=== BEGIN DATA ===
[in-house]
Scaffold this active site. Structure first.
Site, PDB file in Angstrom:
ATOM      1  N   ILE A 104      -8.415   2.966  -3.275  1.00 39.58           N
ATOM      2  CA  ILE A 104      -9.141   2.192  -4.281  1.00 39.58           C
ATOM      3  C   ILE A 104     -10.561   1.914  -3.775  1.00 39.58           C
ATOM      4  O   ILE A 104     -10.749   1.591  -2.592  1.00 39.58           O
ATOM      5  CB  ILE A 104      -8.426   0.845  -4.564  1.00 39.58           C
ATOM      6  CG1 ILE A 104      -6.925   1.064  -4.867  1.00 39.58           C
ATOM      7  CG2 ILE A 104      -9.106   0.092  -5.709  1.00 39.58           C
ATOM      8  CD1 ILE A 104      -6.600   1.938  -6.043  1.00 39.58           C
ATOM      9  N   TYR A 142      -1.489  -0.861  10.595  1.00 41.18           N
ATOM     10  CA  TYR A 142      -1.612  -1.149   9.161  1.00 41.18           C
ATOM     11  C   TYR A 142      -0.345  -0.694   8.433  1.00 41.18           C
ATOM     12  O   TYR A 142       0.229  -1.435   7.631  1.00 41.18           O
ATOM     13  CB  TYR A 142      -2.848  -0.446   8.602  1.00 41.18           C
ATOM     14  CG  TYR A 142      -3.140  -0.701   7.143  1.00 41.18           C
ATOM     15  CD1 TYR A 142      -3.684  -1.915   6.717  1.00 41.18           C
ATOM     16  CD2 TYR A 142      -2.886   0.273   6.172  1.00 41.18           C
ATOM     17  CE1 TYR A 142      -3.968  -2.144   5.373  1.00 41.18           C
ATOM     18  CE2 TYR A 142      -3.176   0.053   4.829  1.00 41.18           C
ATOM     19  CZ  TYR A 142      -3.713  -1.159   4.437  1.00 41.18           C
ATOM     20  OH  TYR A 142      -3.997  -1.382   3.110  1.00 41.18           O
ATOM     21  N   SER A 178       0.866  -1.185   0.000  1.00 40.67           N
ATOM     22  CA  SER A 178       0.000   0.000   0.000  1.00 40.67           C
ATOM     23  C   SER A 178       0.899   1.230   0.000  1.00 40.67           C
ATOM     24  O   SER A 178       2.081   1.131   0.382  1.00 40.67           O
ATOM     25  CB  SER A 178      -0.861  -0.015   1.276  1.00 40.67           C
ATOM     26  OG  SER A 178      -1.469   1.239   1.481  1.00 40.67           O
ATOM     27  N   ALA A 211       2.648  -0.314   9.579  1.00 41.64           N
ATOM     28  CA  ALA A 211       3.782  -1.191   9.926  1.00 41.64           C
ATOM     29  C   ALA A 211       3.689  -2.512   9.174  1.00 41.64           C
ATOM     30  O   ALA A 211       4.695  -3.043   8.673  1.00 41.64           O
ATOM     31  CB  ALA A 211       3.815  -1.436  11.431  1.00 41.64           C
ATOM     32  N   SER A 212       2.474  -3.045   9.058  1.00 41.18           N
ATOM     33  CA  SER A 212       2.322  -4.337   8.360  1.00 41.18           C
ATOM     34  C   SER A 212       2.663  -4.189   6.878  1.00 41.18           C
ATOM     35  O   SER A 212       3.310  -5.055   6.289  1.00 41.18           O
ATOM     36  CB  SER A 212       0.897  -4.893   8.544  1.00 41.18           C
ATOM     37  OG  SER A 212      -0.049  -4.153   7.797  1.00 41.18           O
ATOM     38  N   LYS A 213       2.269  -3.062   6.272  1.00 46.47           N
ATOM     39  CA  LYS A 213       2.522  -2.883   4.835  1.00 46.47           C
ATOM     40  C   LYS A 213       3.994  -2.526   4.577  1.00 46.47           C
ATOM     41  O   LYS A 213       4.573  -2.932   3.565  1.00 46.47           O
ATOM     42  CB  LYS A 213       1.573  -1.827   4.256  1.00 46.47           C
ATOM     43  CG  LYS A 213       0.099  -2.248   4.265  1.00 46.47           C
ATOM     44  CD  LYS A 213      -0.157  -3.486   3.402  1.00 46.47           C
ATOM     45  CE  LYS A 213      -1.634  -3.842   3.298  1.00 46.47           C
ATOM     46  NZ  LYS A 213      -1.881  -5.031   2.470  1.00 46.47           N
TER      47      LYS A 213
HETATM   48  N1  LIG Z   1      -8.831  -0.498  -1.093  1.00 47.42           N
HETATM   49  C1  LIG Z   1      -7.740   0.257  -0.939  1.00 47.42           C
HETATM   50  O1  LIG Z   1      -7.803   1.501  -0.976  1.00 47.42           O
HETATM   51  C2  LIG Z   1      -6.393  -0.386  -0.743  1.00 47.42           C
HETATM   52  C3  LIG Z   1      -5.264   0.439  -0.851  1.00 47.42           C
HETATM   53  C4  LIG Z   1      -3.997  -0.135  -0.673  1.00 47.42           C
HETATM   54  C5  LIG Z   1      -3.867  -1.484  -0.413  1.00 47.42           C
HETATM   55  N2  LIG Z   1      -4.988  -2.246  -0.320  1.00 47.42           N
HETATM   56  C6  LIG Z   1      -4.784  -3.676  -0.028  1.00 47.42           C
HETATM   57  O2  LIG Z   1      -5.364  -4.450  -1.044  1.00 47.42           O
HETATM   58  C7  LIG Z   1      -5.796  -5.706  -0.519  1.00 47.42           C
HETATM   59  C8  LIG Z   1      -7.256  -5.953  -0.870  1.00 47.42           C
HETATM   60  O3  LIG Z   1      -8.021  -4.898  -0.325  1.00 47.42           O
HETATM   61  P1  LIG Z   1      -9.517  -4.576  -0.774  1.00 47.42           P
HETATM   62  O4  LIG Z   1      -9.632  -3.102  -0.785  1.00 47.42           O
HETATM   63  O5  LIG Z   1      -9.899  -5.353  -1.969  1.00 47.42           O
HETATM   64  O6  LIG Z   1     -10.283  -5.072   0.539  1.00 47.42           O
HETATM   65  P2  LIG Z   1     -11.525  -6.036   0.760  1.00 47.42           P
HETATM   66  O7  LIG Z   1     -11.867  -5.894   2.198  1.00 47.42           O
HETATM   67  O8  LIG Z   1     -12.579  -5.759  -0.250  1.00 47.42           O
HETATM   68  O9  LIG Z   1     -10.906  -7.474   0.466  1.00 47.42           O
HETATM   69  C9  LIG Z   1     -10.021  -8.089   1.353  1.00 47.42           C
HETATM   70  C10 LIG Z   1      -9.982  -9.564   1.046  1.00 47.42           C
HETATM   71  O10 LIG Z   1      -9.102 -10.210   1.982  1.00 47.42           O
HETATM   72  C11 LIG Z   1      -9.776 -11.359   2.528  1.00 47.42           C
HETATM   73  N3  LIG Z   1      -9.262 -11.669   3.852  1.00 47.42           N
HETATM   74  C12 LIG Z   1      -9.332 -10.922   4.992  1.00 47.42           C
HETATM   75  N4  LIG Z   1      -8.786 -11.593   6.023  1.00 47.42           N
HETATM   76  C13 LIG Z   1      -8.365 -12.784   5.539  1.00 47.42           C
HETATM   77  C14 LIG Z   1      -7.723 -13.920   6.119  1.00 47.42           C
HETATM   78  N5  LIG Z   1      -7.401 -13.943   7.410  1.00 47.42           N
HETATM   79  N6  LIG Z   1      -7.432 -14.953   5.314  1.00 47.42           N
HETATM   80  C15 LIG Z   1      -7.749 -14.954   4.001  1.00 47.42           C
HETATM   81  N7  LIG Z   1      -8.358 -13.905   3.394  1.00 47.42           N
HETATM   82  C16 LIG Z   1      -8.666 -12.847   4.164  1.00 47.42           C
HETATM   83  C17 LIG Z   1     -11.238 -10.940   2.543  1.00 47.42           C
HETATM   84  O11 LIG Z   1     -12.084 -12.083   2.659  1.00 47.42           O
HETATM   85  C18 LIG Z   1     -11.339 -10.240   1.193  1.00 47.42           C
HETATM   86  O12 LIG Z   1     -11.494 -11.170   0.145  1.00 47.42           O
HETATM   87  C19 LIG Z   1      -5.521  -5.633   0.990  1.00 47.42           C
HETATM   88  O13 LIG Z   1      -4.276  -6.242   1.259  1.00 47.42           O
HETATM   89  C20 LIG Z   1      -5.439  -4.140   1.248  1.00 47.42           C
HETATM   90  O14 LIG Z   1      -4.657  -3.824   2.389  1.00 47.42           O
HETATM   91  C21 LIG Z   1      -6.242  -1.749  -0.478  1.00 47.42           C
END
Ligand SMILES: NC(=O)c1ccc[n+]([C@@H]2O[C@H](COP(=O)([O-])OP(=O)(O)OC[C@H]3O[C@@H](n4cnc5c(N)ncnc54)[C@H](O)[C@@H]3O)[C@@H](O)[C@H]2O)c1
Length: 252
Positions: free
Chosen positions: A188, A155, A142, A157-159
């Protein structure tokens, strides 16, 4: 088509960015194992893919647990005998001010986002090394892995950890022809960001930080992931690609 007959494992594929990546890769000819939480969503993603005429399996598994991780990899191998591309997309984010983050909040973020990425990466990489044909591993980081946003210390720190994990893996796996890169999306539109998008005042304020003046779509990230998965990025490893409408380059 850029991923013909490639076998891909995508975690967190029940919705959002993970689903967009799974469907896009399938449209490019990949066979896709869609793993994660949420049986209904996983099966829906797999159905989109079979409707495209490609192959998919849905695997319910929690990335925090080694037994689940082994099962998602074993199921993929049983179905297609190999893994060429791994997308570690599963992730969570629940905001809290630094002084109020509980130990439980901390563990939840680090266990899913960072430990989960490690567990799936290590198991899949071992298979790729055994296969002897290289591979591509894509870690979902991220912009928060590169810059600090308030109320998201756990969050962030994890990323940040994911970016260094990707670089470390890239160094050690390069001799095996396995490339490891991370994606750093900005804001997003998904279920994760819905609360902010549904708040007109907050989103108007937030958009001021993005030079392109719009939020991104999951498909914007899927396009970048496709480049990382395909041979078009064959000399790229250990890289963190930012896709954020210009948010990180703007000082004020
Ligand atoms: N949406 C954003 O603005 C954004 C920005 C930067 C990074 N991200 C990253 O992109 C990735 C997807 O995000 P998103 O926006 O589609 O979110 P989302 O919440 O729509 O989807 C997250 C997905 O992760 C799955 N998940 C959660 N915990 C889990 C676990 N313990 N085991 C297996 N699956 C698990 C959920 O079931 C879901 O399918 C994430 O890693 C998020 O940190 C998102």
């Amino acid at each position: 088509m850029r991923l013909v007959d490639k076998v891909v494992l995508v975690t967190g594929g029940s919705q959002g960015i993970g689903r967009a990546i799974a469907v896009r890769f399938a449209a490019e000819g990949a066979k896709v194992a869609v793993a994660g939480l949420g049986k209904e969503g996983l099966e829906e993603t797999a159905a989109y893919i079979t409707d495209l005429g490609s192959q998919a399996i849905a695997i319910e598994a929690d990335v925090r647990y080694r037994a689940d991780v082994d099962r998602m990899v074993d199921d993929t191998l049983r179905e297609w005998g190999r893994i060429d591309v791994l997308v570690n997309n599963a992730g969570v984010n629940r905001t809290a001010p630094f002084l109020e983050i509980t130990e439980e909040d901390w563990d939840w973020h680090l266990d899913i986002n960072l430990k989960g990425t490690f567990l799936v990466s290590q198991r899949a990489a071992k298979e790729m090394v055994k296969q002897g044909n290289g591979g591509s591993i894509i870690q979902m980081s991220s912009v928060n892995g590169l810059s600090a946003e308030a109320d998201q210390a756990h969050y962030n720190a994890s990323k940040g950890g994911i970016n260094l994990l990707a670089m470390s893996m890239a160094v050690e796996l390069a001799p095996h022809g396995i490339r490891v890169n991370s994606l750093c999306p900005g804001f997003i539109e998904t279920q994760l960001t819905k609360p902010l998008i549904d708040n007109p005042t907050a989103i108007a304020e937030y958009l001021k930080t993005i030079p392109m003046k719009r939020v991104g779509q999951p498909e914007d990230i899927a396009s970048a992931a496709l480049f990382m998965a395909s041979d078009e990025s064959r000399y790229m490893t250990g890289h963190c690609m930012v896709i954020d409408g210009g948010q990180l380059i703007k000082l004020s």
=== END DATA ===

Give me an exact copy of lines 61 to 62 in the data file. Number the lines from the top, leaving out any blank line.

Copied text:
HETATM   58  C7  LIG Z   1      -5.796  -5.706  -0.519  1.00 47.42           C
HETATM   59  C8  LIG Z   1      -7.256  -5.953  -0.870  1.00 47.42           C